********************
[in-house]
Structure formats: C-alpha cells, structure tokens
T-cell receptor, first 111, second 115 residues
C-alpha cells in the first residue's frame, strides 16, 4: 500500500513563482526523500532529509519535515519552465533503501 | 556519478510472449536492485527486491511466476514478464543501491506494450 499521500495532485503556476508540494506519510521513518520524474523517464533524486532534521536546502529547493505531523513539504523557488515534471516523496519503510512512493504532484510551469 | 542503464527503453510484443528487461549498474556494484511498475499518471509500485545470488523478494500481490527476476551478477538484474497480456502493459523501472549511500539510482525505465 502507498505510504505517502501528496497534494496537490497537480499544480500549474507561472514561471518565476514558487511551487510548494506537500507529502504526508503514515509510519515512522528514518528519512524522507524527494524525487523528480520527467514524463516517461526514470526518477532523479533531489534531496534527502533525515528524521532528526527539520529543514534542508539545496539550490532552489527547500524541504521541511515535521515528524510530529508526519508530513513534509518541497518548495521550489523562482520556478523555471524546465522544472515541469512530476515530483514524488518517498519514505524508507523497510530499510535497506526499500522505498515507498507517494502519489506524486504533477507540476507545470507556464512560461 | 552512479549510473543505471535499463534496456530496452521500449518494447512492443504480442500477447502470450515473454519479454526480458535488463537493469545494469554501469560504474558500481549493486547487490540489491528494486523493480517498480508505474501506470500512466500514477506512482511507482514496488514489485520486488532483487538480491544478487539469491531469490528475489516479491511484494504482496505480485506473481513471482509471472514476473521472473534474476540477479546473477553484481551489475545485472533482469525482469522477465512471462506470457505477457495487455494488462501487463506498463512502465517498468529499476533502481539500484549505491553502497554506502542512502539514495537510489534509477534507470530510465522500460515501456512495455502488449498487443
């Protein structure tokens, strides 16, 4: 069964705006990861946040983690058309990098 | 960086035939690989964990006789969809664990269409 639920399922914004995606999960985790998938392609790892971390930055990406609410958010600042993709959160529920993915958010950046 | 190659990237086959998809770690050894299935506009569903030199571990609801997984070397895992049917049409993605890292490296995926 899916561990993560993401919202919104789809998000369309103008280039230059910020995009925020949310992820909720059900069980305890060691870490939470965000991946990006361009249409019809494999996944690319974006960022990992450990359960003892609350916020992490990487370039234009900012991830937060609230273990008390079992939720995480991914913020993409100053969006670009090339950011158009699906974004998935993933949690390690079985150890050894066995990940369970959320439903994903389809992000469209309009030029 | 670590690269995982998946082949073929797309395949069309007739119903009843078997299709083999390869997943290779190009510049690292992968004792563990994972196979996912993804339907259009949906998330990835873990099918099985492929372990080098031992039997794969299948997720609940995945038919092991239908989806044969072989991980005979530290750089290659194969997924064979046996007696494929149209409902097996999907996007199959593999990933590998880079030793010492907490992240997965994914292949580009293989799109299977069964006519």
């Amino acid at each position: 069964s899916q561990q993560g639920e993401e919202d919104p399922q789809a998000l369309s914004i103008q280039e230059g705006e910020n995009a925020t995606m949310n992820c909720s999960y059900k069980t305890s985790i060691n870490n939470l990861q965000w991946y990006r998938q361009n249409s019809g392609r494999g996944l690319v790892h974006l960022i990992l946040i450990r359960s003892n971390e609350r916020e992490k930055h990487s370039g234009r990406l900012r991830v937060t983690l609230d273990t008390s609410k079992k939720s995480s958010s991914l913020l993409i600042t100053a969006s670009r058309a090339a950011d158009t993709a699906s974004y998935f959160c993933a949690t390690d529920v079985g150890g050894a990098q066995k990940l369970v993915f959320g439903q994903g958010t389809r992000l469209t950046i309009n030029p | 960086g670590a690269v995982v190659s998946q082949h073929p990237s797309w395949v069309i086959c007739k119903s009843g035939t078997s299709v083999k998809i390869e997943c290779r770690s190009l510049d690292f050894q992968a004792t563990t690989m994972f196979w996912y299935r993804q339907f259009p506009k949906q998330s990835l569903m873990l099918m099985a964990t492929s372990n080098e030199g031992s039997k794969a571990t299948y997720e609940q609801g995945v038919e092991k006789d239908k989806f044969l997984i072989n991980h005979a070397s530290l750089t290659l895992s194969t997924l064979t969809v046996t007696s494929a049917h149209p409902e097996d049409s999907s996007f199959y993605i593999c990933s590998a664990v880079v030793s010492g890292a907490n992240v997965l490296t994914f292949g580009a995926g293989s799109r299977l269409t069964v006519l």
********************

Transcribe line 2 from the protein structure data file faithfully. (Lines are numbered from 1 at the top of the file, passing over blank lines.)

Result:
Structure formats: C-alpha cells, structure tokens